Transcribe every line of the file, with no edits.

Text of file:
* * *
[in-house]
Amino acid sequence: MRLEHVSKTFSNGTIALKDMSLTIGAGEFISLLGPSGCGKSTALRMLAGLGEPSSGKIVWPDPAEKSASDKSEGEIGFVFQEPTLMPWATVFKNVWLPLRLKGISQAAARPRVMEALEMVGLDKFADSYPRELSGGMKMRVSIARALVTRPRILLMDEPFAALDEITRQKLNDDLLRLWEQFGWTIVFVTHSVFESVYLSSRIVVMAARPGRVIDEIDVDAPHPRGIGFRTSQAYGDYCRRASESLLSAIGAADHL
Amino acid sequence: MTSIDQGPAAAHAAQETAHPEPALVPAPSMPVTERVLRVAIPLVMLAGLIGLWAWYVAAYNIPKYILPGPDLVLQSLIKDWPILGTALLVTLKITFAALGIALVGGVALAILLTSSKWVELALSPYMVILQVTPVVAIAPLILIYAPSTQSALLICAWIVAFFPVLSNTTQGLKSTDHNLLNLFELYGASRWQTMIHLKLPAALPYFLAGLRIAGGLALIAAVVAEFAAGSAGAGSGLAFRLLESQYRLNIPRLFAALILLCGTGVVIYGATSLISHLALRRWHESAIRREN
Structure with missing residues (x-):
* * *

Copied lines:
[in-house]
Amino acid sequence: MRLEHVSKTFSNGTIALKDMSLTIGAGEFISLLGPSGCGKSTALRMLAGLGEPSSGKIVWPDPAEKSASDKSEGEIGFVFQEPTLMPWATVFKNVWLPLRLKGISQAAARPRVMEALEMVGLDKFADSYPRELSGGMKMRVSIARALVTRPRILLMDEPFAALDEITRQKLNDDLLRLWEQFGWTIVFVTHSVFESVYLSSRIVVMAARPGRVIDEIDVDAPHPRGIGFRTSQAYGDYCRRASESLLSAIGAADHL
Amino acid sequence: MTSIDQGPAAAHAAQETAHPEPALVPAPSMPVTERVLRVAIPLVMLAGLIGLWAWYVAAYNIPKYILPGPDLVLQSLIKDWPILGTALLVTLKITFAALGIALVGGVALAILLTSSKWVELALSPYMVILQVTPVVAIAPLILIYAPSTQSALLICAWIVAFFPVLSNTTQGLKSTDHNLLNLFELYGASRWQTMIHLKLPAALPYFLAGLRIAGGLALIAAVVAEFAAGSAGAGSGLAFRLLESQYRLNIPRLFAALILLCGTGVVIYGATSLISHLALRRWHESAIRREN
Structure with missing residues (x-):